Self-Publishing and the Importance of Social Networking

By Scott Lorenz
Westwind Communications
Book Marketing

Contributed by Julie Duncan

Book Publicist Scott Lorenz

Self-Publishing and the Importance of Social Networking
In addition to the marketing support provided by Westwind Communications, self-published authors can help to generate more interest by understanding how social networking - both on and offline - can be used to place their book in the public eye and to ensure that it reaches a wider readership. The number of self-published bestsellers is growing, and with a good story, interesting characters and a strong editor, the only thing holding back a potential bestseller is a lack of effective marketing.

Combining a personal networking strategy with Westwind's marketing support could help to take a self-published book from the depths of an online shop to the heights of the bestseller lists.

Social media
Love it or hate it, social media certainly serves a purpose when it comes to promotion and publicity, and those who keep up to date with the latest uses of social media can end up benefiting from it.

Twitter is a good place to start to find out about how authors and publishers are using the internet to generate interest for a new book. It is possible to keep a low profile on Twitter to learn how it could be used successfully before building up a recognizable profile. This can then be used to link to other tools, such as a regularly updated blog about the book, for example, as well as linking to the book itself. Interacting with other authors can raise an online profile, as can giving users a reason reply and re-tweet.

Vincent Lentini was studying for an MBA that required him to write papers, when he decided to self-publish to reach a wider audience. Initially selling his reports for a price of $500-$1,700, he then began to self-publish his reports as e-books at a mere $4.99 each. "To me, it's a great business strategy because the cost to produce a book is minimal and once you build a reputation, you can create something tremendous," he said. "With social media, if you develop good business relationships, especially with bloggers, this can become a business."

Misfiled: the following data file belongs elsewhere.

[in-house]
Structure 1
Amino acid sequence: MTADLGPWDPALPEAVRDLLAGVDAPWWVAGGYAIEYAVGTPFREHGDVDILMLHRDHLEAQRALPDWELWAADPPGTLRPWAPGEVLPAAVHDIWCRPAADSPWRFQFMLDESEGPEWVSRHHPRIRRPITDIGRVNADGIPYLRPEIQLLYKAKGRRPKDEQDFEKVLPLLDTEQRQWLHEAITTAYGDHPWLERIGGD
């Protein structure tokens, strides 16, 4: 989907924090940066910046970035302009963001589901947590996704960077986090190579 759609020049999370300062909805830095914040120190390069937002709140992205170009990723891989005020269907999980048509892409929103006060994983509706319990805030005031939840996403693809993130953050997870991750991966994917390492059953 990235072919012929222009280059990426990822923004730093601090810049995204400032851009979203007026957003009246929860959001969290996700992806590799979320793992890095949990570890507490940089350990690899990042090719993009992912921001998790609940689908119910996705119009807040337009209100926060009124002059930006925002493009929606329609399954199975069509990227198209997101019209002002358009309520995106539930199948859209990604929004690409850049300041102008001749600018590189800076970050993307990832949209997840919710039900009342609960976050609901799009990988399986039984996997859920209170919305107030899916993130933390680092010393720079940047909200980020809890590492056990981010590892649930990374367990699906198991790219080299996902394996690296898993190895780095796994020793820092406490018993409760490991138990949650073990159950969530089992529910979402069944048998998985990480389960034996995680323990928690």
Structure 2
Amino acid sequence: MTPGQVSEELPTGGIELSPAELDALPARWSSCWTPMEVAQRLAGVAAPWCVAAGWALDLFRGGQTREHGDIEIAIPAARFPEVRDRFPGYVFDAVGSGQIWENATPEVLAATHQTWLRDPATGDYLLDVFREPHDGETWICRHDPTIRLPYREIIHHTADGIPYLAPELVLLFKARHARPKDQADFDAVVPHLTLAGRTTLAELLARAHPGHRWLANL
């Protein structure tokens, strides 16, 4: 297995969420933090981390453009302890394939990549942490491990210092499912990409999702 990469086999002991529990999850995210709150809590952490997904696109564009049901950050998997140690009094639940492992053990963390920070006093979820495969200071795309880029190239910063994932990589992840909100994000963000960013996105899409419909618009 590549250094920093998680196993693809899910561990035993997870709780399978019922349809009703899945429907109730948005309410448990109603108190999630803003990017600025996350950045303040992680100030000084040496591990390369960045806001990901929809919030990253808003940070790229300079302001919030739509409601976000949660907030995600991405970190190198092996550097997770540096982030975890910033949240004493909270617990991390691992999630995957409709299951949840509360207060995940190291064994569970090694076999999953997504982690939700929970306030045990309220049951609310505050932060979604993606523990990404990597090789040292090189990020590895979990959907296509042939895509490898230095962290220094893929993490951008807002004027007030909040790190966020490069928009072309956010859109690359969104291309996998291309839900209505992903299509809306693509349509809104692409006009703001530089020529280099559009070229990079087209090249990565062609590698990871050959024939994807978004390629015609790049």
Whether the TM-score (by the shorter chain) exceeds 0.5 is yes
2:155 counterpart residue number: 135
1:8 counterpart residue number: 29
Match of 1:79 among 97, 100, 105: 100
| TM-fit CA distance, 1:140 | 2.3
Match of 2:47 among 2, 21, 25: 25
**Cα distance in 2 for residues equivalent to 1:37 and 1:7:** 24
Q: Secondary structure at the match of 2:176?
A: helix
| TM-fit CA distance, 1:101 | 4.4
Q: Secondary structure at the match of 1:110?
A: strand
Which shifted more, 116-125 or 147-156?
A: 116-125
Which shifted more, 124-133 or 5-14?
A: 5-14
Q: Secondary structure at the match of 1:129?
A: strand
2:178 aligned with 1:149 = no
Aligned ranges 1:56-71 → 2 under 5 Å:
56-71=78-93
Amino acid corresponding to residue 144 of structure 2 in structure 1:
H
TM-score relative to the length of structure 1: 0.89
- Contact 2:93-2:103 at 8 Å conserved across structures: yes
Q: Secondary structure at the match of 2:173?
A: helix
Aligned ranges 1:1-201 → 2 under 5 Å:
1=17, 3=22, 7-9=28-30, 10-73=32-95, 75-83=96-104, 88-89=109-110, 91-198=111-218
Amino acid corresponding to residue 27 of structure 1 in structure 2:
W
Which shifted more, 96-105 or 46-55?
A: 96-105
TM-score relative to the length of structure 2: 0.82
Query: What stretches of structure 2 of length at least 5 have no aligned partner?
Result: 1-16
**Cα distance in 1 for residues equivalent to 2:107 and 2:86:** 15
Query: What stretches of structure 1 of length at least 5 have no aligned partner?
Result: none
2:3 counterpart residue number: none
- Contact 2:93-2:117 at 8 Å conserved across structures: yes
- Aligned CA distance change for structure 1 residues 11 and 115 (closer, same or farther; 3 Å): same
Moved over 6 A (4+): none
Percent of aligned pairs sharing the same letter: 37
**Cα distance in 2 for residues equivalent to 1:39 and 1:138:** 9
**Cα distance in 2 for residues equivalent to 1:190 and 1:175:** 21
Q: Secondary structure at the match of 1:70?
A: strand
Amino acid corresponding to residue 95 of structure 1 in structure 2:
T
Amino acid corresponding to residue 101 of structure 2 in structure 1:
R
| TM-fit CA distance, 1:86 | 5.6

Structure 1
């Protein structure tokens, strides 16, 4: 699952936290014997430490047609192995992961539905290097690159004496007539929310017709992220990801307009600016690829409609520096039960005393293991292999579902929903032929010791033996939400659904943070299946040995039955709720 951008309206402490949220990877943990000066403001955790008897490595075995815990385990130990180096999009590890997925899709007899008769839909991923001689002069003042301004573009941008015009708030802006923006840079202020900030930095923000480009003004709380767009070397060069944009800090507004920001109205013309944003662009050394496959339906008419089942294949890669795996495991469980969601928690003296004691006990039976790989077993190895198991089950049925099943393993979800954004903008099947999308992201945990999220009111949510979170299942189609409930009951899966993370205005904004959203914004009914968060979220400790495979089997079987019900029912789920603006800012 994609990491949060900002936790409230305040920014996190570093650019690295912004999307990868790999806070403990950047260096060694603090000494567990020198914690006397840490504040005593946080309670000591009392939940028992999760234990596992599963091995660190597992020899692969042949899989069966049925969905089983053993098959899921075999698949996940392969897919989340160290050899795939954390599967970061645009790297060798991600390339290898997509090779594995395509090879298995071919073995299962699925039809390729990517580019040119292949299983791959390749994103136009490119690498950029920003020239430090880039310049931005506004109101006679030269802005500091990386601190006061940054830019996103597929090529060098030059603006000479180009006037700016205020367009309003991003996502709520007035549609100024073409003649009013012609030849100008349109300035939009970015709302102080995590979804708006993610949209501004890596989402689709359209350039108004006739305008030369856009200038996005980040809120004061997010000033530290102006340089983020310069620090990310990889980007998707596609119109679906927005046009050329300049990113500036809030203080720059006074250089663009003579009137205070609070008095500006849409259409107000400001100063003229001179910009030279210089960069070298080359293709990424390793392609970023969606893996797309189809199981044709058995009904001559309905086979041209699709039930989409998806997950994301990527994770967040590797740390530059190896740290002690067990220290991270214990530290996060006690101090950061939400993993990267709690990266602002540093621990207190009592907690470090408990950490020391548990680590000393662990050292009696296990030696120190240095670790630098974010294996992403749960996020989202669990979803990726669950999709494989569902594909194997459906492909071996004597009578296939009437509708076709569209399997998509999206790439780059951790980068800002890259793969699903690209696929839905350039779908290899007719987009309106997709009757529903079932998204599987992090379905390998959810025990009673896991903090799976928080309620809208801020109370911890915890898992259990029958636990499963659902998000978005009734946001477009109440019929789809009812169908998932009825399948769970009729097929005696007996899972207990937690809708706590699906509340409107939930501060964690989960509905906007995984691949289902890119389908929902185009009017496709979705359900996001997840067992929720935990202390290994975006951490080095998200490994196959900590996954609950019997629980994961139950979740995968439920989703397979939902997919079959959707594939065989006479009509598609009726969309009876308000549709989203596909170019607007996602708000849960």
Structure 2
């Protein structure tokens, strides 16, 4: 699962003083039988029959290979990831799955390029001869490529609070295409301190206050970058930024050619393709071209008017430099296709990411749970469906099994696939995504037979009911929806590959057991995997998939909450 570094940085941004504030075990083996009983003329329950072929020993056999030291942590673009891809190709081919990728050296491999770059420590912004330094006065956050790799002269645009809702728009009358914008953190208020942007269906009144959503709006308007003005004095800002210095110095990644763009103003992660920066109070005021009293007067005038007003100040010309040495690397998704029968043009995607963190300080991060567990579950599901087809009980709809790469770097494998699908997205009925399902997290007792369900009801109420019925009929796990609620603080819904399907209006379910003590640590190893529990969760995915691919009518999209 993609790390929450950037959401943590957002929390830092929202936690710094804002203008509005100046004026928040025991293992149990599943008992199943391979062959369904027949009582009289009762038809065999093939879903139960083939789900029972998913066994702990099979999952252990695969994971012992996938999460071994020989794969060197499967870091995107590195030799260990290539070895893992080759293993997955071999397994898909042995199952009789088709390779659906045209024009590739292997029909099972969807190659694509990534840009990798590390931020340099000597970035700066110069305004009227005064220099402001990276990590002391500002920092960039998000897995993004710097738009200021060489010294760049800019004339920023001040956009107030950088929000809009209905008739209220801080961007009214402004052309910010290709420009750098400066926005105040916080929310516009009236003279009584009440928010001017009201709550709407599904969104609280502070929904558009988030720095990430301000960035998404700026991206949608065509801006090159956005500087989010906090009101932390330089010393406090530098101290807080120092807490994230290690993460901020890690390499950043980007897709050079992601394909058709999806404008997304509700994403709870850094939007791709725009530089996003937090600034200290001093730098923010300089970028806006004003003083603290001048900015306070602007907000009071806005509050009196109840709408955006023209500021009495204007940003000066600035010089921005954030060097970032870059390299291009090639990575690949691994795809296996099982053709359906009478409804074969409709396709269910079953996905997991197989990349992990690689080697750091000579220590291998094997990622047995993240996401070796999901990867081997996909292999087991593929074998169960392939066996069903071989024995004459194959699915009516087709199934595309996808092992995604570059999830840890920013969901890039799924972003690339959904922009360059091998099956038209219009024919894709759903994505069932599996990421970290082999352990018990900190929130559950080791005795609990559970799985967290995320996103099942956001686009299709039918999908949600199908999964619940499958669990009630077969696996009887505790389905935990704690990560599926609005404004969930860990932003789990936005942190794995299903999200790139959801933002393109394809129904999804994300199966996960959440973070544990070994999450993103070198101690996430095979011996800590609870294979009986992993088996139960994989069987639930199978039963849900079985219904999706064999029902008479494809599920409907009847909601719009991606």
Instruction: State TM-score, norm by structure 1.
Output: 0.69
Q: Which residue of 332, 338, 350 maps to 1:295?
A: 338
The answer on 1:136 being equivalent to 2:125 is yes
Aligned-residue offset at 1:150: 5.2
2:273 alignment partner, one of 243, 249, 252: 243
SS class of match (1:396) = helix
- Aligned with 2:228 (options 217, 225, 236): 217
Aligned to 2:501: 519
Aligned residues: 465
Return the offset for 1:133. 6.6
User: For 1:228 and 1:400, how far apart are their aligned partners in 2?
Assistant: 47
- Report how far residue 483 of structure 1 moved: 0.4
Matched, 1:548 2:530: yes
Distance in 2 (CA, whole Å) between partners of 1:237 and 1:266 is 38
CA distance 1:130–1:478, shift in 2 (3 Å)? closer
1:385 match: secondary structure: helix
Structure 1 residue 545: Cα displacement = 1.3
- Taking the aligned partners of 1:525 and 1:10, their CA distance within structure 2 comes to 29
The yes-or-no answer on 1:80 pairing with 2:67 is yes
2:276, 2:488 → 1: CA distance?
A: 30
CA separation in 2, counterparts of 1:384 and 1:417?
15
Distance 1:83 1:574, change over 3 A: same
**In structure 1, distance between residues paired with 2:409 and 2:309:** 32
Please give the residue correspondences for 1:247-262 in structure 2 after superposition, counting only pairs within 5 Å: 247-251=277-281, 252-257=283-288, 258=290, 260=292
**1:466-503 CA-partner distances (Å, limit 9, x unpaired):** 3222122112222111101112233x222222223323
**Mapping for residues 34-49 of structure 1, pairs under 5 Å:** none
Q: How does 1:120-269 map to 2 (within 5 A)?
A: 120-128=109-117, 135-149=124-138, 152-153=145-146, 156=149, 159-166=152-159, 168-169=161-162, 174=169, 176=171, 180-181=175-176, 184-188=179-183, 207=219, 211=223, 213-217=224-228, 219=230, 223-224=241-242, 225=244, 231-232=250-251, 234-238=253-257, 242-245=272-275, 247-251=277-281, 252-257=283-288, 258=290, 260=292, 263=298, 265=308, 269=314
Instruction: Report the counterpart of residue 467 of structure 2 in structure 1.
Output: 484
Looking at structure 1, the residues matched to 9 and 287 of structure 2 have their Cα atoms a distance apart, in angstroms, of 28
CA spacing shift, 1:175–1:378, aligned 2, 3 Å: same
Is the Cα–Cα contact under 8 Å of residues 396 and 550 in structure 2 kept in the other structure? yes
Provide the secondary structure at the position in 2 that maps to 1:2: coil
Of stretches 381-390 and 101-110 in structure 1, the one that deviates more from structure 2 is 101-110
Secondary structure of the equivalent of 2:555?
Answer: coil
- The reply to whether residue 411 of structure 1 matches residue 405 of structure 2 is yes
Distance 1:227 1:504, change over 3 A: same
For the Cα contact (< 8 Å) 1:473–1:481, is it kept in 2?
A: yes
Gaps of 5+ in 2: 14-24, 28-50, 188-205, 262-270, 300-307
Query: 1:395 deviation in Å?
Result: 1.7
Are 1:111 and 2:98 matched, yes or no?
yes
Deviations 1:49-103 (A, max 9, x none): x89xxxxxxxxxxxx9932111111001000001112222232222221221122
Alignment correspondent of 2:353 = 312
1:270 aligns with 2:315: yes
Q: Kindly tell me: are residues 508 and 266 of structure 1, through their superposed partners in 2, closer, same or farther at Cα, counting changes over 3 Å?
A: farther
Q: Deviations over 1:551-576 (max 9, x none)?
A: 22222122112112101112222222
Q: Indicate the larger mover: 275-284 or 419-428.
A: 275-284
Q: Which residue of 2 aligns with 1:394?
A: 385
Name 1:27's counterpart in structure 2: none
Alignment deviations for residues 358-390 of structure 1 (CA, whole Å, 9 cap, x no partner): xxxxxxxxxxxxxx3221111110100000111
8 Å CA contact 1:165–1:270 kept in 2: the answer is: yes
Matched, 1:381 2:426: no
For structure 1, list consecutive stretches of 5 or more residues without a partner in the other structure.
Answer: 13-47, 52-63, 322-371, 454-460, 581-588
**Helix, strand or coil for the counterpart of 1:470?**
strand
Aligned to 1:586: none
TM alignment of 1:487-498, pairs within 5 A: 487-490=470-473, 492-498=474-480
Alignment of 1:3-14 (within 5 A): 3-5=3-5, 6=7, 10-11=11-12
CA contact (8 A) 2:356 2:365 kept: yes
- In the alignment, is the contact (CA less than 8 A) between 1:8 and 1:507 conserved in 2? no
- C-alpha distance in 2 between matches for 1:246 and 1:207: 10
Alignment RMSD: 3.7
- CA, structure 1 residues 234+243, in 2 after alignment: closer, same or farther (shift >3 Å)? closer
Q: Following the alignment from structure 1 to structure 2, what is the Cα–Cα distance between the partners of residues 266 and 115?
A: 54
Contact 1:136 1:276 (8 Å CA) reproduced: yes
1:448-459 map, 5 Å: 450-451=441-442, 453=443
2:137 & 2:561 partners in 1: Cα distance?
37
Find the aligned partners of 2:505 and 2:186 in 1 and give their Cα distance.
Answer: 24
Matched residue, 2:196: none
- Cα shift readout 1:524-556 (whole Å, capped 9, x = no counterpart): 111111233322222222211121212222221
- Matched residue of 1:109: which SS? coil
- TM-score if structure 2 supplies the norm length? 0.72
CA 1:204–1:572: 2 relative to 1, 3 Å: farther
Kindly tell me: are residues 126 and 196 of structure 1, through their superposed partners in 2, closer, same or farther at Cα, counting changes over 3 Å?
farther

Real life networking
With sites such as LinkedIn and Twitter dominating the online professional network, it's easy to forget the significance of face-to-face networking that doesn't let people hide behind their computer screen or cellphone. Whether it is through book groups or arts festivals, there are thousands of options for networking away from the internet, and it can help supporters to get behind the author as a personality, as well as getting behind their book. UK publisher Hookline Books uses book groups to find its new bestsellers. By presenting book groups with unsolicited manuscripts from university students and inviting members of the group to give each potential book a score, Hookline finds new books that are likely to sell. This demonstrates that book groups can be a useful tool in reading and judging new books, and could be used to a self-published author's advantage. Offering free copies of a new book to groups is sure to generate some interest, and could be the start of a valuable relationship for the release of subsequent books. Some independent bookshops also put on question and answer evenings to allow members of the public to come and ask an author questions about their book. Armed with an extract of the book and a some publicity material showing a Twitter account and blog, a question and answer session to promote the book is the best way to get the word out among those who are most likely to share it.

This face-to-face networking can tie in with an author's online profile, as not only will the business cards direct interested parties to the site, but often those who attend book nights are those who blog about new books. And in turn, they publicize their blog, so helping both themselves and the new author. A number of publishing houses send free copies of new books to those who blog about them, safe in the knowledge that this free book could result in the sale of many more.

The internet is an incredibly useful tool for self-publishers, as it means that word of mouth doesn't just travel from one street to the next but all around the world within a matter of minutes. Creating an online profile and using it as part of a solid marketing strategy can be combined with a real life presence in bookshops and book groups to ensure that this self-published book is at the top of everyone's reading list. And once it's there, publicizing the next book will be considerably easier.

About the Author
Book publicist Scott Lorenz is President of Westwind Communications, a public relations and marketing firm that has a special knack for working with authors to help them get all the publicity they deserve and more. Lorenz works with bestselling authors and self-published authors promoting all types of books, whether it's their first book or their 15th book. He's handled publicity for books by CEOs, Navy SEALS, Homemakers, Fitness Gurus, Doctors, Lawyers and Adventurers. His clients have been featured by Good Morning America, FOX & Friends, CNN, ABC Nightly News, The New York Times, Nightline, TIME, PBS, Los Angeles Times, USA Today, Washington Post, Family Circle, Woman's World, & Howard Stern to name a few. Learn more about Westwind Communications' book marketing approach at http://www.book-marketing-expert.com or contact Lorenz at scottlorenz at westwindcos.com or by phone at 734-667-2090. Follow Lorenz on Twitter @aBookPublicist.

 

 

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